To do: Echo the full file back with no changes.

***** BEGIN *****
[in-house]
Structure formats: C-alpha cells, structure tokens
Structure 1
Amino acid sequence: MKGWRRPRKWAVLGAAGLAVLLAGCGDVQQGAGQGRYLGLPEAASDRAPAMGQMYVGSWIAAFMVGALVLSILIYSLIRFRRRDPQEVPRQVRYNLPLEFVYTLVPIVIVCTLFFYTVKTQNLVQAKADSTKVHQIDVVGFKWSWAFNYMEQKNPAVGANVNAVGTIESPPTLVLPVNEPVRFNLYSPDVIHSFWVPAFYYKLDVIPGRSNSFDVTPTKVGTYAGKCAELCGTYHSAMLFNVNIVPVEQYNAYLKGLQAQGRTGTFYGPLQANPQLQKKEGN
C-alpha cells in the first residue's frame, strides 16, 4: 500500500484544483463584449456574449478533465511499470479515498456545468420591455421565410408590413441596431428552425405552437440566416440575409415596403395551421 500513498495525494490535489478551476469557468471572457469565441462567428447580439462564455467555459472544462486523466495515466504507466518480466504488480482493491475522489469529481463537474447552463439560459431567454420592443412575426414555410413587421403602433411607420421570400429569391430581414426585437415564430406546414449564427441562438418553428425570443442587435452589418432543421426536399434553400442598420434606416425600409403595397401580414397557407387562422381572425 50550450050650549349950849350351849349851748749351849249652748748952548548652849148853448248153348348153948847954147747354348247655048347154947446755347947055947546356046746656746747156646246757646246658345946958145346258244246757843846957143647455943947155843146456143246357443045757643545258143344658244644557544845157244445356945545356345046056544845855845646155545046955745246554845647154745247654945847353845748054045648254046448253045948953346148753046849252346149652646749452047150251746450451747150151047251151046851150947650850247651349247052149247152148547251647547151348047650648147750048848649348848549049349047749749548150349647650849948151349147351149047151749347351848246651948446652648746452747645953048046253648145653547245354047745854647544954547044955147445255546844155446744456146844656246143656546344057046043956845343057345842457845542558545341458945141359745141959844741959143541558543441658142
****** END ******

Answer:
[in-house]
Structure formats: C-alpha cells, structure tokens
Structure 1
Amino acid sequence: MKGWRRPRKWAVLGAAGLAVLLAGCGDVQQGAGQGRYLGLPEAASDRAPAMGQMYVGSWIAAFMVGALVLSILIYSLIRFRRRDPQEVPRQVRYNLPLEFVYTLVPIVIVCTLFFYTVKTQNLVQAKADSTKVHQIDVVGFKWSWAFNYMEQKNPAVGANVNAVGTIESPPTLVLPVNEPVRFNLYSPDVIHSFWVPAFYYKLDVIPGRSNSFDVTPTKVGTYAGKCAELCGTYHSAMLFNVNIVPVEQYNAYLKGLQAQGRTGTFYGPLQANPQLQKKEGN
C-alpha cells in the first residue's frame, strides 16, 4: 500500500484544483463584449456574449478533465511499470479515498456545468420591455421565410408590413441596431428552425405552437440566416440575409415596403395551421 500513498495525494490535489478551476469557468471572457469565441462567428447580439462564455467555459472544462486523466495515466504507466518480466504488480482493491475522489469529481463537474447552463439560459431567454420592443412575426414555410413587421403602433411607420421570400429569391430581414426585437415564430406546414449564427441562438418553428425570443442587435452589418432543421426536399434553400442598420434606416425600409403595397401580414397557407387562422381572425 50550450050650549349950849350351849349851748749351849249652748748952548548652849148853448248153348348153948847954147747354348247655048347154947446755347947055947546356046746656746747156646246757646246658345946958145346258244246757843846957143647455943947155843146456143246357443045757643545258143344658244644557544845157244445356945545356345046056544845855845646155545046955745246554845647154745247654945847353845748054045648254046448253045948953346148753046849252346149652646749452047150251746450451747150151047251151046851150947650850247651349247052149247152148547251647547151348047650648147750048848649348848549049349047749749548150349647650849948151349147351149047151749347351848246651948446652648746452747645953048046253648145653547245354047745854647544954547044955147445255546844155446744456146844656246143656546344057046043956845343057345842457845542558545341458945141359745141959844741959143541558543441658142